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    (r) *This paper was presented to the March, 1973 Meetings of the Society For

    Research in Child Development under the title of "Clustering and Socially

    Directed Behaviors in a Tdddler's Playgroup."



    Edward Mueller and Adrienne Rich

    Boston. University

    Before und...'stil.oding of the early developent of peer social interaction

    can progress very far, it is necessary to have a descriptive information on

    the first contacts between. peers. It is-also necessary to be able to assess

    when children act socially - that is, to produce behavior for its effect on

    other children and not merely for the pleasure of the action itself.

    While Blurton Jones (1971) considers the second year of life as the

    most exciting year of childhood, he also recognizes it as the least known.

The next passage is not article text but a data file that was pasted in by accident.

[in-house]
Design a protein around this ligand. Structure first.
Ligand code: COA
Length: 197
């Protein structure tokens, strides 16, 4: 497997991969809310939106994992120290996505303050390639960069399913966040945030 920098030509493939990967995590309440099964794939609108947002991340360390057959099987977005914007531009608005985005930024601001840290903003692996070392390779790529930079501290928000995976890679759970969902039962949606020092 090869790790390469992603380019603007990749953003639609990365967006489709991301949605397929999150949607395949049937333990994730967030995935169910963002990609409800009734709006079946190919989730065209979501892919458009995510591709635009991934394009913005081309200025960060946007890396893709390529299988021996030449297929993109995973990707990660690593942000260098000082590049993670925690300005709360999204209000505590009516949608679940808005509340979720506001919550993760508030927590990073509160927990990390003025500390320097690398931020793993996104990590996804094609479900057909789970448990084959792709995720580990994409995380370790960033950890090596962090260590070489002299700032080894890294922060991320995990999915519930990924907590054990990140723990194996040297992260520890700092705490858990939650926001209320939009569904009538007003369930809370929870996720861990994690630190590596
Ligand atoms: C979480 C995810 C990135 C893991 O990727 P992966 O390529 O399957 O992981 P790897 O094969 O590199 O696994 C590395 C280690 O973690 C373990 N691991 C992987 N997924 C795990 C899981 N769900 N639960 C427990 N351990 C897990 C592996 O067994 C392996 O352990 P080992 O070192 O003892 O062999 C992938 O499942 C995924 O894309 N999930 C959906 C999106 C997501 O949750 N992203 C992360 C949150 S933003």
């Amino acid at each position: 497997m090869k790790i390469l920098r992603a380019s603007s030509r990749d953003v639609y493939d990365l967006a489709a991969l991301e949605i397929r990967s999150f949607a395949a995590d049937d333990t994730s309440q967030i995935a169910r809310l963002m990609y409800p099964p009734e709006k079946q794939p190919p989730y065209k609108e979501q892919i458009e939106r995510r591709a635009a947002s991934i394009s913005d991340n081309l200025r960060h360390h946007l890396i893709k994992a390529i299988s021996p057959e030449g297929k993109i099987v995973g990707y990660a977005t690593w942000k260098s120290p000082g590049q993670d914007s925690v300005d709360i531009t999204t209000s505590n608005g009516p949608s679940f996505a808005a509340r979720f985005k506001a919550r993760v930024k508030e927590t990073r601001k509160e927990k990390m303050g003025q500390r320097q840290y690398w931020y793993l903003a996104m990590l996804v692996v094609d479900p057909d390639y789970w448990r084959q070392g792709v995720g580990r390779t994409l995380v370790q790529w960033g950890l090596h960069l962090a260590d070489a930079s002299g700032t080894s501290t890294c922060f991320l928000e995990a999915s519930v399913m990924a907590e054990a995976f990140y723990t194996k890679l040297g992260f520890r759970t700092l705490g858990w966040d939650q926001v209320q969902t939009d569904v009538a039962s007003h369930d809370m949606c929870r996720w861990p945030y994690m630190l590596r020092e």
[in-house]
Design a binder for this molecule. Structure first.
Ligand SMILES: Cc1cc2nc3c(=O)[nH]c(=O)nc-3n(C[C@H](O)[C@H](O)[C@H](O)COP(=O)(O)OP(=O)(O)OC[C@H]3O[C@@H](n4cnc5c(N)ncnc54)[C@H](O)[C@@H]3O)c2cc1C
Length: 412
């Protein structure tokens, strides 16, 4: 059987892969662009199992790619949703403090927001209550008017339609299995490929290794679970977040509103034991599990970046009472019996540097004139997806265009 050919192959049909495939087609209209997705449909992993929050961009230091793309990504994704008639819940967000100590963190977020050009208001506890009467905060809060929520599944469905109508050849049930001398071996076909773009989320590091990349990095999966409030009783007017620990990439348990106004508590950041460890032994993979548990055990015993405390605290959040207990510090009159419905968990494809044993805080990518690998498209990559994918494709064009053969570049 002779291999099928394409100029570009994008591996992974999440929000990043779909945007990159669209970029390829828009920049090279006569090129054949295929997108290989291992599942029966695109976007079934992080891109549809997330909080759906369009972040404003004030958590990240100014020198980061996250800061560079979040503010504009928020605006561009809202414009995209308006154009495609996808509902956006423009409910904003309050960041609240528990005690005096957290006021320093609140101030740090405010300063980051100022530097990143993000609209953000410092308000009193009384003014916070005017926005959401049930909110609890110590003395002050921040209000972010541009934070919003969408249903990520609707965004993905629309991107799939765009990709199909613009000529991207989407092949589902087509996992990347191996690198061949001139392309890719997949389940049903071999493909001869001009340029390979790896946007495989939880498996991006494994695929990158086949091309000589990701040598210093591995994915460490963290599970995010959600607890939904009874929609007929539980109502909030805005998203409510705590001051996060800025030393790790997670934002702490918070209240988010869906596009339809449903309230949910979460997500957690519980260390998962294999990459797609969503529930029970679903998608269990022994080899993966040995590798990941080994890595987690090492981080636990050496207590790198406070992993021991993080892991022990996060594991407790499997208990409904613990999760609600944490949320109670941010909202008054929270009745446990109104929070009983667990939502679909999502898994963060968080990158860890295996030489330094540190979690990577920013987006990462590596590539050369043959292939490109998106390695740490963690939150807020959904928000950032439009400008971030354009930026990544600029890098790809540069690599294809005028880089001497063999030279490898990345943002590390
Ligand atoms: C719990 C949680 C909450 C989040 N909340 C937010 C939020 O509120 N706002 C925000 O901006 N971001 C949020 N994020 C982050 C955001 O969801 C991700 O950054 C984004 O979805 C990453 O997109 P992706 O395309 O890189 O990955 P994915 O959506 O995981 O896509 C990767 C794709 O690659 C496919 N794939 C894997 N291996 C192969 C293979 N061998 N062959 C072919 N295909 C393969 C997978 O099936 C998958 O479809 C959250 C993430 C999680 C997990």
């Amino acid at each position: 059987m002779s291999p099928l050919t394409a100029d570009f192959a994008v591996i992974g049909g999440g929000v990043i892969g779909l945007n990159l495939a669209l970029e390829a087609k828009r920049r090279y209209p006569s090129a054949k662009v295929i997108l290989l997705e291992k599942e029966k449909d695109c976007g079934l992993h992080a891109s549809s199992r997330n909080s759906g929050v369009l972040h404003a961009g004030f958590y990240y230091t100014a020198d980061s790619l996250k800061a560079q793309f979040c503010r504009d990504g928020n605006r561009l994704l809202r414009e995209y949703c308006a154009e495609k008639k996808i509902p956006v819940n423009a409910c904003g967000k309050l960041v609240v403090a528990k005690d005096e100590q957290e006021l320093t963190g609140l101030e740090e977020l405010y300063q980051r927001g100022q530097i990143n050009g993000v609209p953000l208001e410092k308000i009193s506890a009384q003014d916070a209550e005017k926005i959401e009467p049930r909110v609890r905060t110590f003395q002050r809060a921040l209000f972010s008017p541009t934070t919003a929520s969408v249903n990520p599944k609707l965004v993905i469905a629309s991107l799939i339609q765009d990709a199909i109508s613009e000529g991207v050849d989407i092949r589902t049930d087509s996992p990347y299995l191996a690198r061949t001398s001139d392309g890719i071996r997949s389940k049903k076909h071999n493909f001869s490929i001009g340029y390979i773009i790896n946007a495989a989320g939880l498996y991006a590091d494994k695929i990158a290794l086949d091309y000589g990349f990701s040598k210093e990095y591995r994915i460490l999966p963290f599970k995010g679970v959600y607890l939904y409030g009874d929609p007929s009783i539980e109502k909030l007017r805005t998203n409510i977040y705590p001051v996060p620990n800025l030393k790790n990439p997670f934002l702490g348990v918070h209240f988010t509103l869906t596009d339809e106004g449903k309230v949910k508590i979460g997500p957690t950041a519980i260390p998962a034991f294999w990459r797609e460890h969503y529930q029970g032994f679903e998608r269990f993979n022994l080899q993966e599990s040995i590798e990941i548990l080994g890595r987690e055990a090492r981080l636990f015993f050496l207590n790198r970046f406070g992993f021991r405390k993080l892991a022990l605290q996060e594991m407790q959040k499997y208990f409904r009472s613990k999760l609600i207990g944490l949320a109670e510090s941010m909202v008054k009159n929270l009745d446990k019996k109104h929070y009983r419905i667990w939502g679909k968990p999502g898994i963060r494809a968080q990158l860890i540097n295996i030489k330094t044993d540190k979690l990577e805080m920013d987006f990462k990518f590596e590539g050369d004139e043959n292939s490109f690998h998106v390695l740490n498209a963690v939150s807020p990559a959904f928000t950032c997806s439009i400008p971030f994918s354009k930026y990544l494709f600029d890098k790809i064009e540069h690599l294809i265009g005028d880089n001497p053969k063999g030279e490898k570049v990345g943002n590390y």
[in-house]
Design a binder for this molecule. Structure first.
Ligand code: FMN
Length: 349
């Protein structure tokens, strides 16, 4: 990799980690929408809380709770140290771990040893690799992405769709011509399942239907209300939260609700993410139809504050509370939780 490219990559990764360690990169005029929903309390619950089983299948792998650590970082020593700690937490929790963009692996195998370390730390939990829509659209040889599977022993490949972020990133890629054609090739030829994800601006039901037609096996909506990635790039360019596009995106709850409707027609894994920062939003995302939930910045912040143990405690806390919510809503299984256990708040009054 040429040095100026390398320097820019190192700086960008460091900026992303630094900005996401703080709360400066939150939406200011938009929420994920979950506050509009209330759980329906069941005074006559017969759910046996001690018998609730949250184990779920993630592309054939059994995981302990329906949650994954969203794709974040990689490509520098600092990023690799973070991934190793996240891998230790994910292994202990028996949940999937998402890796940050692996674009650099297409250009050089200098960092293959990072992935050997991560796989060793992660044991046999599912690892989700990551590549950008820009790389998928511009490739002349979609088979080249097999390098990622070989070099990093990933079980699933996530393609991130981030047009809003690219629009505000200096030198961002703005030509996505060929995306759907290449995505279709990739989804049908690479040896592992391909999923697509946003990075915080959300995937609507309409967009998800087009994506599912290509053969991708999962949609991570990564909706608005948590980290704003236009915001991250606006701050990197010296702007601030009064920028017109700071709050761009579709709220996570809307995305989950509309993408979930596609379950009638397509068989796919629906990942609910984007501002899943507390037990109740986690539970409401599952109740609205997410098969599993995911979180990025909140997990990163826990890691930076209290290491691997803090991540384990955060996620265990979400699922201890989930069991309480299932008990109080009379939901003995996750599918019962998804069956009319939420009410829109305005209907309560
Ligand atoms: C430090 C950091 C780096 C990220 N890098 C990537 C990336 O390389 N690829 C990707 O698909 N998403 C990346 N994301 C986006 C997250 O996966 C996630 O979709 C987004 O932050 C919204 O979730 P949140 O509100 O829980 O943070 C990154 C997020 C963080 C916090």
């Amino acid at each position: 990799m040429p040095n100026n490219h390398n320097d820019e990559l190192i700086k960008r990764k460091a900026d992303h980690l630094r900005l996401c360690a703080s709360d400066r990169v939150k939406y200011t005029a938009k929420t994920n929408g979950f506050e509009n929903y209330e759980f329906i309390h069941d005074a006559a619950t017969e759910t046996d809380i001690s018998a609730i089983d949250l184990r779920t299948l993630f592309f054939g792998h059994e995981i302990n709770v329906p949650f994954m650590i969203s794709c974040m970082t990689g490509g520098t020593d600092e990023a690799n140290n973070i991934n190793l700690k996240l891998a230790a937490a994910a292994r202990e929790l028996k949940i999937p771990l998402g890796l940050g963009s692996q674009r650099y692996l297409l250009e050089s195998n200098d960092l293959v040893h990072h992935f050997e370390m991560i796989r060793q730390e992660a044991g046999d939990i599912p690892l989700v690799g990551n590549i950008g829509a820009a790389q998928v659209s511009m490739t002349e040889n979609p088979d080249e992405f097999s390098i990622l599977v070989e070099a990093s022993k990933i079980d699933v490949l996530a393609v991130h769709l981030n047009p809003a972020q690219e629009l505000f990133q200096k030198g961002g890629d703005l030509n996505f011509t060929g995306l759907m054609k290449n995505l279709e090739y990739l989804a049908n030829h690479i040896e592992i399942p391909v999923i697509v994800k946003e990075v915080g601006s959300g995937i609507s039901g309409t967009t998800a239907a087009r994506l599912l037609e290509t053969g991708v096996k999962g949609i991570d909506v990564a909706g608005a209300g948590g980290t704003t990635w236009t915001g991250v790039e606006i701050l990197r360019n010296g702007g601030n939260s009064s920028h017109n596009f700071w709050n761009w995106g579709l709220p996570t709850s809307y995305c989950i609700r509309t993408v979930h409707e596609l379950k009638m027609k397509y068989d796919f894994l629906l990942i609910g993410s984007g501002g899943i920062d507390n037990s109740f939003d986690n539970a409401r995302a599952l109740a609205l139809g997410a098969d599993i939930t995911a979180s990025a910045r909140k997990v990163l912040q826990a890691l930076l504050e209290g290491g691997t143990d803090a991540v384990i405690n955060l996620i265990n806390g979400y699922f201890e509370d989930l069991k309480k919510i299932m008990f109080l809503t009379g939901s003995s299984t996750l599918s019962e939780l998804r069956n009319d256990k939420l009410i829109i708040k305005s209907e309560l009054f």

Piaget's (1926) research suggested that children were incapable of developing

    much social interaction before the age of four or five. Maudry and Nekula's

    (1939) found fighting to be the donant social activity of one-year-olds.

    However, recently, the absence of early ocial contacts or their primarily

    negativistic character has been disputed both for one-year-olds (Kennedy &

    Mueller, 1972; Vincze, 1971) and for older preschool children (Mueller, 1972).

    Indeed these studies, together with Bridges (1933), suggest that the second

    year of life is the ideal tire to observe the emergence of peer interaction.

    Thus, while Vincze's infants were placed together regularly from the age of

    four months, no social exchange emerged before ten months. However, existing

    studies do not document early contacts between more than two children, nor

    does previous work go very far in objectifying what behavior leads observers

    -to conclude that children become increasingly it orientation during